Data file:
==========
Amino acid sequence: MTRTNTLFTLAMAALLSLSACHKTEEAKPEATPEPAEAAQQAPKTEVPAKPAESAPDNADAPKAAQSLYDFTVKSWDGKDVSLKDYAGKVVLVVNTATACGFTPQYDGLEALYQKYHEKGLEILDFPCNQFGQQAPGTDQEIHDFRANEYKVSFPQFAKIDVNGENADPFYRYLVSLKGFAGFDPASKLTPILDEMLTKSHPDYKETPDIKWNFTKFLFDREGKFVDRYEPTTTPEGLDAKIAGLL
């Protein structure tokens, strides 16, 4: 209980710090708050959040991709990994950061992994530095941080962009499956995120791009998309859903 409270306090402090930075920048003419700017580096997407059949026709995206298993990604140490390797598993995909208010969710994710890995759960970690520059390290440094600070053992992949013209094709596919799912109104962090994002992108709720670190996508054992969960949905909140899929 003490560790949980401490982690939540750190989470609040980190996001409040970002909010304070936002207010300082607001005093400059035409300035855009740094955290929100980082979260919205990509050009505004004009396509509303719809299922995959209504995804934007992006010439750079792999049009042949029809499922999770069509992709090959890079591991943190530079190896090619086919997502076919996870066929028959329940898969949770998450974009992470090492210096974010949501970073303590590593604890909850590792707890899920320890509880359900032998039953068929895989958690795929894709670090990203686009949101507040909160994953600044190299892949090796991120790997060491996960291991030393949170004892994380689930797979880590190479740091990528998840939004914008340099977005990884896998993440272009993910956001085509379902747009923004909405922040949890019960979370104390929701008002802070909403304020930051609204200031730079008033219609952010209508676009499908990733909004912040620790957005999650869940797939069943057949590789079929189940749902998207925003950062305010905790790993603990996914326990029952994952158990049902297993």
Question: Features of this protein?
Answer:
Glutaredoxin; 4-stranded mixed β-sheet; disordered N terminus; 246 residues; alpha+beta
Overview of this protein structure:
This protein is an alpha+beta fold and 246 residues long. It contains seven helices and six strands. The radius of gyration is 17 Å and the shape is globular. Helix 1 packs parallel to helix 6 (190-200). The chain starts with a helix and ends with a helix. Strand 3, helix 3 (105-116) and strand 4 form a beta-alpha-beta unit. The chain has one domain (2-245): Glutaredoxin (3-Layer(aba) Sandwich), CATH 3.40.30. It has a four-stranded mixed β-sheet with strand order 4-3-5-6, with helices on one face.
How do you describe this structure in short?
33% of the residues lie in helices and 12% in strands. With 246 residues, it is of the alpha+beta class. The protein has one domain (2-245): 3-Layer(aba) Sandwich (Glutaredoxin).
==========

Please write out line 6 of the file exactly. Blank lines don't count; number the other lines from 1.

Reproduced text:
Overview of this protein structure: